You can mount FTP as a network drive in Windows. Here is how to map FTP as a network drive in Windows 10 & 11 File Explorer.
Windows allows connecting to any network share from File Explorer as long as the network discovery feature is turned on. Apart from the regular network shares, you can also access FTP drives directly from File Explorer. For convenience, you can also mount FTP as a network drive in File Explorer. i.e., add FTP network location in Windows File Explorer. Let me demonstrate.
Table of contents:
Why add an FTP network location in Windows?
Mounting FTP as a network drive has one significant advantage. If you’re wondering, mapping FTP as a network drive is handy in everyday life. For example, you can use Windows File Explorer to access your Android phone’s file system by setting up an FTP server on the phone. This enables fast and straightforward file transmission between Android and Windows.
The regular FTP connection is not as fast as a wired connection but provides more flexibility. Most of all, you don’t have to deal with wires and other cumbersome programs.
So, without further ado, let me show you how to map FTP as a network drive in Windows 10 and 11 operating systems.
Before we begin, I’ll assume you already have the FTP details, such as the FTP address, port number, username, and password. You can get all this information from your FTP server application or provider.
Related: How to map a WebDAV drive in Windows.
The steps below work the same in Windows 10 and 11.
Map FTP as a network drive
Here’s what you should do to mount or map FTP as a network drive in Windows File Explorer.
- Start the FTP server.
- Open the File Explorer.
- Right-click on “Network” on the sidebar.
- Select the “Map network drive” option.
- On Windows 11, click the “Connect to a website that you can use to store your documents and pictures” link.
- Press “Next.”
- Select “Choose a custom network location.”
- Press “Next.”
- Type the “FTP Address/URL” and press “Next.”
- Uncheck the “Log on anonymously” checkbox.
- Give the connection a name.
- Type the username and press “Next.”
- Select the “Open this network location when I click Finish” option.
- Click “Finish.”
- Type the FTP password when prompted.
- Press the “Log on” button.
- You should be logged into the FTP server.
- The FTP is added as a network location in Windows.
- You can see it in “This PC” or under the “Network” section on the sidebar.
Steps with more details:
First, ensure the FTP server is running and that you have all the necessary information, such as the username, password, FTP URL, and port number.
Once you have the details, use the “Win + E” keyboard shortcut to launch File Explorer. Alternatively, you can also click the File Explorer icon on the taskbar.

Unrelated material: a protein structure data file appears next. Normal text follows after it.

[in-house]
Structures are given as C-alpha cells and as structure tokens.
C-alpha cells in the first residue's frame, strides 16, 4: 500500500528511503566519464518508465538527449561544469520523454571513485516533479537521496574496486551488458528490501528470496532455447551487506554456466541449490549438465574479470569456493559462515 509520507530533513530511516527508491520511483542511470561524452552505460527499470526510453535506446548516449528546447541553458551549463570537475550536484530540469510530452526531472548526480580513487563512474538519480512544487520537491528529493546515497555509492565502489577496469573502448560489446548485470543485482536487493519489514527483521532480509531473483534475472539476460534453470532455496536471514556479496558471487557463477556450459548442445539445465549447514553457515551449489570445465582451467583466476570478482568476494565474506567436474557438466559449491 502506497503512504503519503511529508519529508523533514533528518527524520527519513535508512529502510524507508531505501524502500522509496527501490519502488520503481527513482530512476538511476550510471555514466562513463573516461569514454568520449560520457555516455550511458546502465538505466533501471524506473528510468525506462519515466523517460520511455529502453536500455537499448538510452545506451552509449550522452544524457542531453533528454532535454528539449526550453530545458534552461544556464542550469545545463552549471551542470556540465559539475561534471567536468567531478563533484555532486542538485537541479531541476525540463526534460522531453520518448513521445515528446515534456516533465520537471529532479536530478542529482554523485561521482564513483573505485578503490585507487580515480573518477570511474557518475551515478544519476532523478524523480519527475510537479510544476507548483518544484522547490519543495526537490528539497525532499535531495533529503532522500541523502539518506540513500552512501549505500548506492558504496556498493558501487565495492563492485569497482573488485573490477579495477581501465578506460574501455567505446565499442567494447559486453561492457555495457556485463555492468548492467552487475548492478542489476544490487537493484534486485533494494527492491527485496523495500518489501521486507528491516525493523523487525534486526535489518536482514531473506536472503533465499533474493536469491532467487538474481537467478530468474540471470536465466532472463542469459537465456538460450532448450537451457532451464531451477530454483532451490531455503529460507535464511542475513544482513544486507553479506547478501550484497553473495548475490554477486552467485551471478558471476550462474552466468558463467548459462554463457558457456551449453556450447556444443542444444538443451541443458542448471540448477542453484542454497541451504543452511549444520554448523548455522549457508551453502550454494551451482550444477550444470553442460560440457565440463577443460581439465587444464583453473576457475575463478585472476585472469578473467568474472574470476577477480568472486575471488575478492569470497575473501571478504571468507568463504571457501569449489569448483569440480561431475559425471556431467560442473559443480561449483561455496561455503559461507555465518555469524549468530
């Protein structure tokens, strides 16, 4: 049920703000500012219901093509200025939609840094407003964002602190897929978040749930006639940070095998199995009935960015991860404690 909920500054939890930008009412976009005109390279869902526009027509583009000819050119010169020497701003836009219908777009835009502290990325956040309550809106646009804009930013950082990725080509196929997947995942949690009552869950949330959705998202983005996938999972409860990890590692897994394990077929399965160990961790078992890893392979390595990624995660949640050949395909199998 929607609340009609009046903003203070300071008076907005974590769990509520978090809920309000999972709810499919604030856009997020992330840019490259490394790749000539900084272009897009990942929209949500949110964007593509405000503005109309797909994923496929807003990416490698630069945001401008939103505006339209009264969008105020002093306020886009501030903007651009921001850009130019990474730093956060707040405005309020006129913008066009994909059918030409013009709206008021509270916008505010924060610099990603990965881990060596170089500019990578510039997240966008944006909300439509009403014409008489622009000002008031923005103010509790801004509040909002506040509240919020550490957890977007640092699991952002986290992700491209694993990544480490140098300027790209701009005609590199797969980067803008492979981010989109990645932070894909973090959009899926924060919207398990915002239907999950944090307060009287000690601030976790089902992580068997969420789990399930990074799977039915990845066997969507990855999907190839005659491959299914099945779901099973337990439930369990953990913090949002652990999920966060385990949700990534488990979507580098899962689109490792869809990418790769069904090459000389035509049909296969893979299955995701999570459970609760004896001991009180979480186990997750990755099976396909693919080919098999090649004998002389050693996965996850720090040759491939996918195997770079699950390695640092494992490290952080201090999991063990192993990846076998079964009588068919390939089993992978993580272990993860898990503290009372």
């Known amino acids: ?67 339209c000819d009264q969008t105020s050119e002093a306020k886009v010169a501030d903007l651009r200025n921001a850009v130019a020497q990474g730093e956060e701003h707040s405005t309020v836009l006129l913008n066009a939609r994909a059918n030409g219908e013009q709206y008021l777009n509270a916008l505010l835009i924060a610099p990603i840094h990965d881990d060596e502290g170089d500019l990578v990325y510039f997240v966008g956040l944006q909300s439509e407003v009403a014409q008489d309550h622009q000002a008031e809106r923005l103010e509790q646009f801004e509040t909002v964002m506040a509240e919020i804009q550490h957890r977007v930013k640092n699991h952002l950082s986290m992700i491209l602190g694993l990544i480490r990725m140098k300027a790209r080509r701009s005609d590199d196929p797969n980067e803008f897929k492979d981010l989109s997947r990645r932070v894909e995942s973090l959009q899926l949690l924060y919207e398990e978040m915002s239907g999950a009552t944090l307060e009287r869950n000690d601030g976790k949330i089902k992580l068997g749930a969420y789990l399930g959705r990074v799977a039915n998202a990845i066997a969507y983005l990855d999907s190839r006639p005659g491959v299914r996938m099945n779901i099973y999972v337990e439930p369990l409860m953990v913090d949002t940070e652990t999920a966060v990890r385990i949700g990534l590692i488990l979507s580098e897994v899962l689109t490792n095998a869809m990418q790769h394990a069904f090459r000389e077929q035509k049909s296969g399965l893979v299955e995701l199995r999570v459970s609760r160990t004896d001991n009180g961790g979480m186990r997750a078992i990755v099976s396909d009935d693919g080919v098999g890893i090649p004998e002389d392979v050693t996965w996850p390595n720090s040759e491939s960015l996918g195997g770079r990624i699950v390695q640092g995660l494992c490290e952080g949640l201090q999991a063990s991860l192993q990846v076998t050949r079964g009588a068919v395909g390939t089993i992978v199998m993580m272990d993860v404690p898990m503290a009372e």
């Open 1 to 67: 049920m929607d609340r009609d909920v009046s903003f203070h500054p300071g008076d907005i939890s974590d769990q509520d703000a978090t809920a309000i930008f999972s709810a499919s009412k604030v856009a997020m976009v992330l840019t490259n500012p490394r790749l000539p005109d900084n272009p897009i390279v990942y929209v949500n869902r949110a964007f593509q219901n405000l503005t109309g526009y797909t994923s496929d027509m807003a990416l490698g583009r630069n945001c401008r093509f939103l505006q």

After launching File Explorer, right-click on the “Network” section in the sidebar and select “Map network drive.” You can also go to the “This PC” page in Windows 10 and select “Computer > Add a network location.”
Note to Windows 11 users: Click the “Connect to a website where you can keep your papers and photographs” link at the bottom.
Click on the “Next” button in the wizard.
Select the “Choose a custom network location” option and click the “Next” button to continue.
Enter the FTP URL and port number, separated by
:. For example, the address of my local FTP server is
192.168.0.101, and the port number is
8899. So I typed in
ftp://192.168.0.101:8899. Click the “Next” button to continue.
Uncheck the “Log on anonymously” checkbox. Enter the FTP username in the blank field and click “Next.”
If the FTP server is set to allow anonymous access. i.e., without a username and password, you can leave the “Log on anonymously” checkbox selected.
Name the new connection. This name will appear in the Network Locations section of File Explorer.
Select the “Open this network location when I click Finish” box and then click the “Finish” button.
Windows will now attempt to connect to the FTP server. Enter the FTP password when prompted. Select the “Save Password” checkbox and click the “Log on” button.
If everything goes as planned, you will be logged into the FTP server via File Explorer. The FTP connection is added as a network drive under the “Network” section. From here, you can use it like any other drive.
If you go to File Explorer’s “This PC” page, you will see that the FTP connection is mapped as a drive. From now on, you can double-click on the mapped FTP drive and access the FTP server as long as it is online.
That is all. It is that simple to add FTP as a network drive in Windows 10 & 11.
I hope this simple and easy Windows how-to guide helped you.
If you are stuck or need some help, send an email, and I will try to help as much as possible.